This may come off as nitpicking, but I guarantee even the most forgiving of readers would be irritated when confronted with 453 pages of this, and I am not quite that forgiving.
Beyond the merry band in CoB, City of Ashes introduces a host of new, adult, characters that are closely linked to The Clave, thus giving the readers an insight into the, frankly shady, government of the Shadow World (that’s basically what they are). Or, at least, I’m assuming that’s what these characters were supposed to do. Instead, virtually all the new adult characters directly linked to The Clave (Maryse, The Inquisitor) come off as whiny and juvenile, with portrayals that do not correspond to their reputation. Take Maryse, for example, Jace, Alec, and Izzy painted Maryse as this badass mother whom they all loved, but my first encounter with her as a character left me more confused than starstruck as her actions in the beginning of the novel not only appear juvenile enough for even Jace to notice, but the explanation provided later doesn’t make her behaviour any more acceptable (she even managed to make me sympathise with Jace, which is not something I was expecting). This is the strong and badass woman running the institute? I could do a better job at it and all it takes to sway me is puppy-dog eyes.
Back to the merry band. I’ll have to go with Luke on this one:
“Teenagers,” said Luke, as if it were the filthiest word he knew.
Because it pretty much sums up my feelings for Clary, Simon, and Jace, and, to a lesser extent, Izzy and Alec. There was no significant character development, Clary is annoying and constantly surprised at the fact that Izzy is not, in fact, a raging bitch (Izzy’s been nothing but nice to the girl, I don’t understand why this bs keeps going on), while Jace is even more of a dick to literally everyone around him.
Meanwhile, Valentine continues to piss me off by being an exceptionally boring villain, despite being Drama Queen Extraordinaire. His crazy only increases in this book and his behaviour towards Clary and Jace comes off as erratic. You’d think that he’d want to keep both his children by his side, just to use them if anything, but he’d rather constantly toy with them, particularly Jace. The is actually something that happens fairly early on in the book:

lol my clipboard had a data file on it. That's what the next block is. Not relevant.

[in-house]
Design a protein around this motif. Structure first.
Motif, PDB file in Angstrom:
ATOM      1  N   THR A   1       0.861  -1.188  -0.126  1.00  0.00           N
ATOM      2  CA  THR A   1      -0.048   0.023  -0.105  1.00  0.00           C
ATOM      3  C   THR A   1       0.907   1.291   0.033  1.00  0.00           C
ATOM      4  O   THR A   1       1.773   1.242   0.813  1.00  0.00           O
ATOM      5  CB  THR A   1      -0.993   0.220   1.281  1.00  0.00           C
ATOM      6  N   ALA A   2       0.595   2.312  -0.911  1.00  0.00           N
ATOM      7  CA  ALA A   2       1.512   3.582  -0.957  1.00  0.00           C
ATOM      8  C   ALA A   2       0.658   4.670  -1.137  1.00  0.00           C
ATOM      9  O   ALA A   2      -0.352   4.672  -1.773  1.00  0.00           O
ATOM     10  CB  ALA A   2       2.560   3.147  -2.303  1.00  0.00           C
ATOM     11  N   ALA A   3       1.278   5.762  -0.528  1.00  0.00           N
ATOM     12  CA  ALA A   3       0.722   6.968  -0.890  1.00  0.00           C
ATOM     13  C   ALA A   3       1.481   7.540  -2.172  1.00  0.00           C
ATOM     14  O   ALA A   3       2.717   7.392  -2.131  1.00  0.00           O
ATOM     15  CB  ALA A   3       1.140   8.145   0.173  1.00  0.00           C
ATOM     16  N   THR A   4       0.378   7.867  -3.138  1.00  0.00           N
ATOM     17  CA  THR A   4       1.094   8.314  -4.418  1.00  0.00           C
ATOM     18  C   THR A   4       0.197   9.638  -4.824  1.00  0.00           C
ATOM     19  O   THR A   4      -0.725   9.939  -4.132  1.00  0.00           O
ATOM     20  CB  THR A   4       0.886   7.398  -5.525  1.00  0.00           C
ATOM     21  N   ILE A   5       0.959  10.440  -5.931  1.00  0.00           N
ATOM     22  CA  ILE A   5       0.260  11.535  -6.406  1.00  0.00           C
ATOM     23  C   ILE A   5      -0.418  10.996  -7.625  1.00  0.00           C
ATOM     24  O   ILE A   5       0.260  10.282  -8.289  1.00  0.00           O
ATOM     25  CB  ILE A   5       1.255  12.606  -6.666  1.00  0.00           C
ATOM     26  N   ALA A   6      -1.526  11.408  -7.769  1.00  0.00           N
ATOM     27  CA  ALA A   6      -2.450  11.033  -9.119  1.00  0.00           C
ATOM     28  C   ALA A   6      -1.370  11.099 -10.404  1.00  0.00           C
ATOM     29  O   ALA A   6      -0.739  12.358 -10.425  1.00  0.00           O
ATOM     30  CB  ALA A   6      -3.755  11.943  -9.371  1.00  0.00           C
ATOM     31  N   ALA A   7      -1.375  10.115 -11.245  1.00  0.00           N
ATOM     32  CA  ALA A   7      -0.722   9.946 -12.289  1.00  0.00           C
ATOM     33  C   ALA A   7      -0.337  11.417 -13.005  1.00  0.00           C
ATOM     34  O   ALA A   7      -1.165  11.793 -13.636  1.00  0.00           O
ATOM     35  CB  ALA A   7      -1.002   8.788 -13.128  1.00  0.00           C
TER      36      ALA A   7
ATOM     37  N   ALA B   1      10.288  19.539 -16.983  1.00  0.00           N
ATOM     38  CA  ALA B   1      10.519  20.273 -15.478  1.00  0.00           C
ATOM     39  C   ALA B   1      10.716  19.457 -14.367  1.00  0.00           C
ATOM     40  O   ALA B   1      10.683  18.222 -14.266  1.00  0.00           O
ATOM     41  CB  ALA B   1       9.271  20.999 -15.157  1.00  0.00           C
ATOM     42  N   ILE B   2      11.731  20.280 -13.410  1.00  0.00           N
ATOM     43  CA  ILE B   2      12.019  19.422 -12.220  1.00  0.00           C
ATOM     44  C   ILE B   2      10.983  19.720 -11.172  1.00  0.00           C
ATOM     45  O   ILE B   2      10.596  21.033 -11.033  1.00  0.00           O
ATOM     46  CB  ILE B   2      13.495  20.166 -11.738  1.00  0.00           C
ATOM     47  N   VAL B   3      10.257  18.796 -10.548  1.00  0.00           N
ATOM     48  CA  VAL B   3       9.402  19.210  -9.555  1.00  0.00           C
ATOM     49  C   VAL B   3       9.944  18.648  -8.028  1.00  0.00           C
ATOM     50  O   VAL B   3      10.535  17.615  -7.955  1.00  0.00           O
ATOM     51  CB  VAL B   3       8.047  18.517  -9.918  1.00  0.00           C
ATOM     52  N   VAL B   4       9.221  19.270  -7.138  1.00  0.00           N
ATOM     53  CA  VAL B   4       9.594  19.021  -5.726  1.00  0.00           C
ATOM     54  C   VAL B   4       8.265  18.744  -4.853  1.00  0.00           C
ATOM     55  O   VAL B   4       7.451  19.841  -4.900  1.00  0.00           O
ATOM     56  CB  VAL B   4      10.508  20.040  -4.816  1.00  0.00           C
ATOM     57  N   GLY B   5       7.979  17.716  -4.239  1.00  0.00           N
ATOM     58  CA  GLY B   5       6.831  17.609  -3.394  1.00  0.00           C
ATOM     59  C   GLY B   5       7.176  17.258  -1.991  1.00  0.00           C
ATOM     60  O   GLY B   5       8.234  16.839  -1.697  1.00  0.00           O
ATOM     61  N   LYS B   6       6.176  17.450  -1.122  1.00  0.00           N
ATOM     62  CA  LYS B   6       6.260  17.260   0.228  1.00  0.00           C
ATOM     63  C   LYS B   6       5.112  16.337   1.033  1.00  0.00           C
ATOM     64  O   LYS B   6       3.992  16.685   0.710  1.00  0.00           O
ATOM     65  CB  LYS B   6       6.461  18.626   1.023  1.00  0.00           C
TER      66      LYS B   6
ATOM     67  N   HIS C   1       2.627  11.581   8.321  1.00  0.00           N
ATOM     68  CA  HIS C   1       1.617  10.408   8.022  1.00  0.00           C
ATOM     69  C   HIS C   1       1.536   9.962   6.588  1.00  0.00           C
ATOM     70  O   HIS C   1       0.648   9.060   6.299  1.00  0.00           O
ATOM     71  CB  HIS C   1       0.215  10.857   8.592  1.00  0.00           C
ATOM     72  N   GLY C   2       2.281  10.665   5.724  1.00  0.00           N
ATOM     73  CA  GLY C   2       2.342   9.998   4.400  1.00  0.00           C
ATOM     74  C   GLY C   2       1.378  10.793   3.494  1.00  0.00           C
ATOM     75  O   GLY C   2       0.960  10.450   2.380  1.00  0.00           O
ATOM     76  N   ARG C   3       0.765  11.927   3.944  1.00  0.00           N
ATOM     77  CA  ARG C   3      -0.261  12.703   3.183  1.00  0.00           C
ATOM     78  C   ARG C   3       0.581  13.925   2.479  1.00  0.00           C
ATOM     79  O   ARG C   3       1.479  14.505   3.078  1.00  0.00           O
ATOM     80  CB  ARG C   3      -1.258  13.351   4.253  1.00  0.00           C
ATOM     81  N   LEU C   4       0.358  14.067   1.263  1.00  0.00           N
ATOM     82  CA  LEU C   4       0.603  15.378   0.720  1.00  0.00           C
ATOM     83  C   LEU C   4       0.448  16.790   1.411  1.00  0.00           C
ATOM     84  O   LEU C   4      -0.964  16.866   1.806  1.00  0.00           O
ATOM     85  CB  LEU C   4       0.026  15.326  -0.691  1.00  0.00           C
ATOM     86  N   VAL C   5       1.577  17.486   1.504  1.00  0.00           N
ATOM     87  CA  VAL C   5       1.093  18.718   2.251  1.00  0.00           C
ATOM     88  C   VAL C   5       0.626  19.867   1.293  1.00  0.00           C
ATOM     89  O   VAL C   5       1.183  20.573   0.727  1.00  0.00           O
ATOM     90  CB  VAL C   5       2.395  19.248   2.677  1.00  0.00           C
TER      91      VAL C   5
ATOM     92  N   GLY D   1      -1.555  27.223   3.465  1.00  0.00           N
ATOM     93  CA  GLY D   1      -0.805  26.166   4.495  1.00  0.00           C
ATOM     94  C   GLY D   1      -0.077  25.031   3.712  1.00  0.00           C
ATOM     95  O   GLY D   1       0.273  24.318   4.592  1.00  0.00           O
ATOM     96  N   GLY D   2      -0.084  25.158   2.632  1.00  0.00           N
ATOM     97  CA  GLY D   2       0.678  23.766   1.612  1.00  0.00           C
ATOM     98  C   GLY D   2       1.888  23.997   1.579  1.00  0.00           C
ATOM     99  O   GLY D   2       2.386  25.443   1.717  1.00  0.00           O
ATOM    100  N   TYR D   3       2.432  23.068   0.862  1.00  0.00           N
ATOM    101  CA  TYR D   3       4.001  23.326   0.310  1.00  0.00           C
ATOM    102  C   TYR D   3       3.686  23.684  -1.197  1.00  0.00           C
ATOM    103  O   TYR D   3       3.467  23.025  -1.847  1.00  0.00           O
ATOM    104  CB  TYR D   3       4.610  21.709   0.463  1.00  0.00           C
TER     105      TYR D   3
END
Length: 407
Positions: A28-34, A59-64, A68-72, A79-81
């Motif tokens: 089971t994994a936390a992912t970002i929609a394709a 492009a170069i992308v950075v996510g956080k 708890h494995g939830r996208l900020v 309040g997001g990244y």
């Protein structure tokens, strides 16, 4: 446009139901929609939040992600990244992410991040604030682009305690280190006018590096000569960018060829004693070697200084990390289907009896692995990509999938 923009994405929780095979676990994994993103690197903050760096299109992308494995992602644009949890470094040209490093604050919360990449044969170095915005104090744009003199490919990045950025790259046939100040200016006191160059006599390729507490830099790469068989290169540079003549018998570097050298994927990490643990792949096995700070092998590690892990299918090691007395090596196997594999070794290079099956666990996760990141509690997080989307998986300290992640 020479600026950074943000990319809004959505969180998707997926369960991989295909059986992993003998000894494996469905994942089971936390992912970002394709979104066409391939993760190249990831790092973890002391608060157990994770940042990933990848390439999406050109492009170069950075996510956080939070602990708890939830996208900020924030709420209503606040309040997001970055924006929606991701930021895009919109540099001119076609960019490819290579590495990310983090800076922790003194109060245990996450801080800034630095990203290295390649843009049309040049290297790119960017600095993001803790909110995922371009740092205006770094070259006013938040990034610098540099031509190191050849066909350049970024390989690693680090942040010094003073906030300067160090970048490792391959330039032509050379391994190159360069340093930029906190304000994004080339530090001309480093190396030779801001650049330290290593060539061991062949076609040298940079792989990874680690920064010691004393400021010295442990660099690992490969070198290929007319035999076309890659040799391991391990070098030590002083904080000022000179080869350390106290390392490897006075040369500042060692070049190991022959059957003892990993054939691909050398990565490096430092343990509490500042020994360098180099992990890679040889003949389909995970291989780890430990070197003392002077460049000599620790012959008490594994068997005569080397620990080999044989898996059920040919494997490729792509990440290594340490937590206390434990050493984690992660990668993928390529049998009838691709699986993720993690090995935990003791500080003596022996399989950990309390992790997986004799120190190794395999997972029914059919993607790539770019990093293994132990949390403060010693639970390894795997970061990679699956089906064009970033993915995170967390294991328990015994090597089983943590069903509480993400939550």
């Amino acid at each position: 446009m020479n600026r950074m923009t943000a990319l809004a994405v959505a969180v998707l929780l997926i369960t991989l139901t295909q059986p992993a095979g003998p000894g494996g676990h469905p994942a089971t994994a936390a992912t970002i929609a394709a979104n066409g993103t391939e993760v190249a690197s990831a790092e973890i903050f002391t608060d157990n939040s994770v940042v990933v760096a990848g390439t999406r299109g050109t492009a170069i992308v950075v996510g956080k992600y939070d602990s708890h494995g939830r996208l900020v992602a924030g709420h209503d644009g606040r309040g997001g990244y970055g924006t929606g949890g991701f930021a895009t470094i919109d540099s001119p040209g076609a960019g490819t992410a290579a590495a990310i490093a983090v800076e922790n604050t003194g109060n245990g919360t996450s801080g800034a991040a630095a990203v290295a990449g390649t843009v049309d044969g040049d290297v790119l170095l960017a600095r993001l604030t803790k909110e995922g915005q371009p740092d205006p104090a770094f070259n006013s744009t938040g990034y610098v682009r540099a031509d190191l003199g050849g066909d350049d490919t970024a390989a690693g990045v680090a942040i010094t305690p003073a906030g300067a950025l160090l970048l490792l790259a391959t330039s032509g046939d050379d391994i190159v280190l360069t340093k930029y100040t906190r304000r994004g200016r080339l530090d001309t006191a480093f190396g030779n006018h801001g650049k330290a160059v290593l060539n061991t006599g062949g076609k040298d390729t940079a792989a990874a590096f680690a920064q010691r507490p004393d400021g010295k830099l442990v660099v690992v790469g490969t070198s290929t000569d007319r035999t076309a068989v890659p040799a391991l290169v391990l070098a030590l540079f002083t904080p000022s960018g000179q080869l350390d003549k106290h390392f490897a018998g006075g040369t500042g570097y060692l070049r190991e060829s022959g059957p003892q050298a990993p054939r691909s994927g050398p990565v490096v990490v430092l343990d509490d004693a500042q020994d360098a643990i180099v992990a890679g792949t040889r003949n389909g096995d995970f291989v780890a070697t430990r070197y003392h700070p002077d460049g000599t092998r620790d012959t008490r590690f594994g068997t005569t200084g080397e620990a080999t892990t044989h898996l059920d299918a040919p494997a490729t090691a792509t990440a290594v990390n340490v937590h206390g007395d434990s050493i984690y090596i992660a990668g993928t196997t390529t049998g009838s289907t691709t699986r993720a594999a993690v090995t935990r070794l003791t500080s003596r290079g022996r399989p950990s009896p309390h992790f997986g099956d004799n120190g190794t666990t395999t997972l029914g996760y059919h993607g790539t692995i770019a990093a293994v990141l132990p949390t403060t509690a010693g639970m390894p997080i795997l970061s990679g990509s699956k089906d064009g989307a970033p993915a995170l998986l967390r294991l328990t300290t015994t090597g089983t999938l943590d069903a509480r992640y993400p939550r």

‘Oh Jace, I’m going to insist on how much I need you and how beneficial it would be for you to join me, but I’m also going to leave you chained up here and pretty much frame you for killing a shit tonne of shadowhunters. Yeah, have fun dealing with that, bye!’
Honestly, the only characters I actually liked in this book were Maia, Luke, and Max. I would definitely get along better with this series if they became more central to it.
Right off the bat, the Climon (Clary/Simon) situation was incredibly awkward (which could be intentional) and also just plain weird. Clary becomes completely passive after having kissed Simon once when she’s not even sure she wants to be in a relationship with him (she just accepts his advances and kind of shrugs it off even though they didn’t talk about it at all. That is not how you portray a relationship). Meanwhile over on Clace Island, Clary and Jace are completely losing it over the fact that they just can’t be together because they’re siblings, making me want to forget my morals and have them get together as they are now if only to stop the constant, never ending, angst. Or, better yet, just take a DNA test, please, I am begging you.
I started sensing a pattern as I wrote this review: my distaste for the series got stronger whenever Clary and/or Jace were directly involved (so pretty much all of the book, yes I realise), but the scenes where either barely made an impact were actually somewhat bearable. City of Ashes did nothing to change my opinion of the series so far, and I’ll probably end up groaning my way through its entirety if things continue this way.